According to South Korea's national Gaon Chart, "Gangnam Style" was downloaded more than 3.6 million times and streamed around 40 million times as of November. That adds up to a little more than $61,000.
It's likely the fast fading music CD industry generated even smaller revenue. PSY's 9 percent cut from sales of 102,000 CDs in South Korea would earn him $50,000 or more, according to an estimate by Kim Dong-hyun, a senior manager at Korea Music Copyright Association.
As for many other parts of Asia, illegal downloads and pirated CDS are so pervasive that only a small minority are willing to pay up for the legal versions.
PSY has been jetting around the world, performing on shows such as "The X-Factor Australia" and NBC's "Today Show," but such programs usually cover travel costs and not much else, said Gary Bongiovanni, editor-in-chief of concert trade magazine Pollstar.
It is television commercials that are the big money spinner for the most successful of South Korea's K-pop stars. PSY has been popping up in TV commercials in South Korea for top brands such as Samsung Electronics and mobile carrier LG Uplus.
Chung Yu-seok, an analyst at Kyobo Securities, estimates PSY's commercial deals would amount to 5 billion won ($4.6 million) this year.
The money is cool. The products not so much. PSY is now the face of a new Samsung refrigerator and a major noodle company.
A fact little known outside South Korea is that PSY's father, uncle and grandmother own a combined 30 percent of DI Corp., a company which makes equipment that semiconductor companies use to make computer chips.
It's a stretch to plausibly explain how the success of "Gangnam Style" will boost DI's profits but that doesn't matter to the South Korean stock market. Perhaps inspired by the pure power of pop, DI shares surged eightfold from July after PSY's hit reached No. 2 on the Billboard Hot 100 and No. 1 on the U.K. singles chart.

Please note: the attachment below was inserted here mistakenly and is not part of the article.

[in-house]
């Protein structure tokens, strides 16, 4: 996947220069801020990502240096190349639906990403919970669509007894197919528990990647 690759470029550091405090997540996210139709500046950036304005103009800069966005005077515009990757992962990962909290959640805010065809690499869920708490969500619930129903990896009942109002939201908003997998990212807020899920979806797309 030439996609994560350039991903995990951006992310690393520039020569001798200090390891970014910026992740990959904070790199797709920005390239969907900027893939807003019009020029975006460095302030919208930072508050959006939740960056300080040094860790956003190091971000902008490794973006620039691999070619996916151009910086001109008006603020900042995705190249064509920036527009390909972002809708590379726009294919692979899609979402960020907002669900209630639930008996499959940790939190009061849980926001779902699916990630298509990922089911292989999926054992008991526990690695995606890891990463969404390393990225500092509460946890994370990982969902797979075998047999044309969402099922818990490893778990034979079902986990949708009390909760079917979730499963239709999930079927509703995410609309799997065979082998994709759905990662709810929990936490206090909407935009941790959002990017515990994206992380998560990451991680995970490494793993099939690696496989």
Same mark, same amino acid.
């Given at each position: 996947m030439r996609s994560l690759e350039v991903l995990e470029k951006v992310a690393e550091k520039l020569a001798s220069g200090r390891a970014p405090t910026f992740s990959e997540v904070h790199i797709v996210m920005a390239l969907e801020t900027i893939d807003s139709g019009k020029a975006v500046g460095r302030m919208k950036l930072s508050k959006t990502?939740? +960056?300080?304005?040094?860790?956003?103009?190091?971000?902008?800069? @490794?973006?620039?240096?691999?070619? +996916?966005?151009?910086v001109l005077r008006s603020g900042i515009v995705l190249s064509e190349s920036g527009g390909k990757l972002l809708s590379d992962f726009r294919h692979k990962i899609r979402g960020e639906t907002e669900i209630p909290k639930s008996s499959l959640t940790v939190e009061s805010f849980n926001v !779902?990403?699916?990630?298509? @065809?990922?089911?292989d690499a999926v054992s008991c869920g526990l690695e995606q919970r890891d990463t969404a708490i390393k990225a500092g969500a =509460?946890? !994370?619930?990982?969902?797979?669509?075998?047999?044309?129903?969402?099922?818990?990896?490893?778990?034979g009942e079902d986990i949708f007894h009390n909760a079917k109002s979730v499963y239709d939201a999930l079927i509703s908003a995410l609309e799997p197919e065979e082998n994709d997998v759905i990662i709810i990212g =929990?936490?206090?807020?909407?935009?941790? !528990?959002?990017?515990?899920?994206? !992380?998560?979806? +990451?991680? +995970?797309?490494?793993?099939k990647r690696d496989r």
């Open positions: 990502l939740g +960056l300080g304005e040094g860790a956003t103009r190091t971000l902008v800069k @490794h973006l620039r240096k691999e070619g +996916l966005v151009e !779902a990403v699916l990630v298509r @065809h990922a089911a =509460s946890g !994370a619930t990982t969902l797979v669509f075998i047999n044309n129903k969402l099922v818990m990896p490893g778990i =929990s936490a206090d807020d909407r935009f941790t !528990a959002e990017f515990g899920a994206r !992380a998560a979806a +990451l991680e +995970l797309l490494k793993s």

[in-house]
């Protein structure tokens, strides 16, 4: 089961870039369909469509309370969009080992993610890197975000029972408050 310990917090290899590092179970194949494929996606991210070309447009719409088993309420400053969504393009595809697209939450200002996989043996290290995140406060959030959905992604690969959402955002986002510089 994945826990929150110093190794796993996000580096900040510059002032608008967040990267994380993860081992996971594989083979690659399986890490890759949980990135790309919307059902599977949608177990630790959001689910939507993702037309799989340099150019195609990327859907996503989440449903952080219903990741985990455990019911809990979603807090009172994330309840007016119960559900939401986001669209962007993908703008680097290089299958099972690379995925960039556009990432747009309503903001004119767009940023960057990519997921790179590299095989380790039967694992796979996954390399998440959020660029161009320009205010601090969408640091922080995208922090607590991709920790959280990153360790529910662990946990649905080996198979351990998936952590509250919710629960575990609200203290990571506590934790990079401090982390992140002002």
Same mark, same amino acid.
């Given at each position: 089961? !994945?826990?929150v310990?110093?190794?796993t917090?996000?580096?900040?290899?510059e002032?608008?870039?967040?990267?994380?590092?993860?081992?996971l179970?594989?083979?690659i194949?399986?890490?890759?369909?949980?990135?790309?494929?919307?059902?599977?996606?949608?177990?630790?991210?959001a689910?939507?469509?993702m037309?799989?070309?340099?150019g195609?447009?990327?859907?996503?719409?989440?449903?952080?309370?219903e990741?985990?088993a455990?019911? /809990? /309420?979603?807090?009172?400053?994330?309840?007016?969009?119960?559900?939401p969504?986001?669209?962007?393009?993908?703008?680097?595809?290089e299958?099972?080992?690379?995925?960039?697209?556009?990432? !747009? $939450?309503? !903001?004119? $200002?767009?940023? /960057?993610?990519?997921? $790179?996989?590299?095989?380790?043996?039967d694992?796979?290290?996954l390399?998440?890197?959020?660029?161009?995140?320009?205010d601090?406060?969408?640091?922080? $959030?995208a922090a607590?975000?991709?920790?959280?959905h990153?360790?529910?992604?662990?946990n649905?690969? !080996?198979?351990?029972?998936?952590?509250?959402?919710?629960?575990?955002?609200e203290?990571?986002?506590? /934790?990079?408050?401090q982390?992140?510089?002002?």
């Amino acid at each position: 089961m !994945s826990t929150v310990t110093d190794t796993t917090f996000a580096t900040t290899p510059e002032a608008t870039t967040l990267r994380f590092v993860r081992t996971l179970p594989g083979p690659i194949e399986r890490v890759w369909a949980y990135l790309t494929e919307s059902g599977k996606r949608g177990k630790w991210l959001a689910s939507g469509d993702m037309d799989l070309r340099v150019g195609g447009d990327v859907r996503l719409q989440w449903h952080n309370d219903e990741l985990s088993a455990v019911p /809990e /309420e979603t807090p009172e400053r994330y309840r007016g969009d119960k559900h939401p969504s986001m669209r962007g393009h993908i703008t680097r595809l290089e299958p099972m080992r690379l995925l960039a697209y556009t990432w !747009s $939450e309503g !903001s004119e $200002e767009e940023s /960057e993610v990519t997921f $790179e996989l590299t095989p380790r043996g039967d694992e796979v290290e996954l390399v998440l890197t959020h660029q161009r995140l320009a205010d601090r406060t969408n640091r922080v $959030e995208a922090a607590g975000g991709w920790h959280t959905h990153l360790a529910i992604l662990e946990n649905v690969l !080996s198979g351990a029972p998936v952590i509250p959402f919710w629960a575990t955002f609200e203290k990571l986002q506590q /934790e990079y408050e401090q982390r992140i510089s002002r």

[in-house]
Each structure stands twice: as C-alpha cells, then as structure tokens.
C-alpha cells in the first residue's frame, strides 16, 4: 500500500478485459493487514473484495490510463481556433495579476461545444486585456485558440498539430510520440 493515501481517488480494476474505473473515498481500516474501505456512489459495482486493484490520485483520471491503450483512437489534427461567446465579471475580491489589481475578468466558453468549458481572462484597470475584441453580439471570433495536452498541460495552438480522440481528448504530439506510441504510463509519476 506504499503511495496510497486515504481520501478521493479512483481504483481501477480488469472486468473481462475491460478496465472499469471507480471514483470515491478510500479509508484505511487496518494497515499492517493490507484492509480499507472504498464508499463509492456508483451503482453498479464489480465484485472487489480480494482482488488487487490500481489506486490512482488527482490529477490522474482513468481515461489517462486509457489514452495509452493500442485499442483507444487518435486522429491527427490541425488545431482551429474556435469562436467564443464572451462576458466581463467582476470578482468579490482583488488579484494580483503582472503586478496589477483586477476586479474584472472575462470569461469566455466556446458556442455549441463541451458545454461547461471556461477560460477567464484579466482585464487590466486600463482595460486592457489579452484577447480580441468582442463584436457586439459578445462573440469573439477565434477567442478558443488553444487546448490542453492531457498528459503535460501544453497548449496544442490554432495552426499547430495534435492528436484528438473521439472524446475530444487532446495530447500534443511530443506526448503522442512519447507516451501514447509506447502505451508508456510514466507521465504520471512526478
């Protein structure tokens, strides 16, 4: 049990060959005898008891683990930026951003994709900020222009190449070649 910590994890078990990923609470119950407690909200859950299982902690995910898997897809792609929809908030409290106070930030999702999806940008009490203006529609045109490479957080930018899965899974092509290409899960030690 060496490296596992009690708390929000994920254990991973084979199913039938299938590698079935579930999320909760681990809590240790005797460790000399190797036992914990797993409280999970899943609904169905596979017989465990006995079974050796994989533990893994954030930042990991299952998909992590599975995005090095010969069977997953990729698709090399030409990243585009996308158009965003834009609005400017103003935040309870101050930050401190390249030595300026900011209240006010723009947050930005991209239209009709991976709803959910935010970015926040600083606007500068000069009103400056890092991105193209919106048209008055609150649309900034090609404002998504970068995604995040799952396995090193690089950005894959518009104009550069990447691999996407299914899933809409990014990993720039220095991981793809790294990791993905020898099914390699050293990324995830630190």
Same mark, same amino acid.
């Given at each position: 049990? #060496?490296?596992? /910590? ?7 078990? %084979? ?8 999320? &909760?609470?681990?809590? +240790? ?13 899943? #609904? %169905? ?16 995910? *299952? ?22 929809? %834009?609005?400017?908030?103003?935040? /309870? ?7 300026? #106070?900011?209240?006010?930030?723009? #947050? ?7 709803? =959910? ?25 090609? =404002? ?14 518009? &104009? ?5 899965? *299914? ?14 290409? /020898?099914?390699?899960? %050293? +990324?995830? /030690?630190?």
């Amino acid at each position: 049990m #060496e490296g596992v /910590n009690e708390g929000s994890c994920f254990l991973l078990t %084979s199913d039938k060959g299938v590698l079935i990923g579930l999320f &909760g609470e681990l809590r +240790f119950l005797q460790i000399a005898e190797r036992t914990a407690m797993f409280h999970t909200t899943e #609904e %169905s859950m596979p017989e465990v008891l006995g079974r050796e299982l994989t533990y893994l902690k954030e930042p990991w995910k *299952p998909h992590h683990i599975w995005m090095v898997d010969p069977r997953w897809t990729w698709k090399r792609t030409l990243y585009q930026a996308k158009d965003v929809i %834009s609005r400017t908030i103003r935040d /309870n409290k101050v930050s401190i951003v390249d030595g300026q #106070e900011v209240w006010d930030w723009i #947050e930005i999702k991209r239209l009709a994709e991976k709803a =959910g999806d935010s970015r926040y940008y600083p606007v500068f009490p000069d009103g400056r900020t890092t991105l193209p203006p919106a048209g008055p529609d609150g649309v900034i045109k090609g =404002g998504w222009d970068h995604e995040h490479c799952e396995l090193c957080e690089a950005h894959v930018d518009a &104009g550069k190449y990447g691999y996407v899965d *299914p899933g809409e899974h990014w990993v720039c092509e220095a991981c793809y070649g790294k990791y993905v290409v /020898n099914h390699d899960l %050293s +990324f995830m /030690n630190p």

It was time to cash in for PSY's grandmother, who sold 5,378 shares for about $65,000.
The share price has fallen since then but is still about double what it was before the release of "Gangnam Style."
PSY's agent YG Entertainment has also done well. Its share price is up about 30 percent since mid-July. The value of CEO Yang Hyun-suk's stake has swelled to about $200 million, making him among the richest in South Korea's entertainment industry.
The question now hanging over PSY is whether he will replicate the blockbuster success of "Gangnam Style" or end up remembered as a one-hit wonder.
"When this slows down, what comes next for PSY?" said Nielsen analytics vice president David Bakula. "Is it the evolution of a new musical style, something audiences are going to be craving en masse, or is it something that's just a passing fancy?"
Analysts say "Gangnam Style" alone will not be enough to propel PSY into the ranks of musicians such as Adele and may not even be enough to make him the top-grossing K-pop star. That will depend largely on his upcoming album, which PSY said will be released in March.
Ryan Nakashima contributed to this report from Los Angeles.
Youkyung Lee can be reached via Twitter: www.twitter.com/YKLeeAP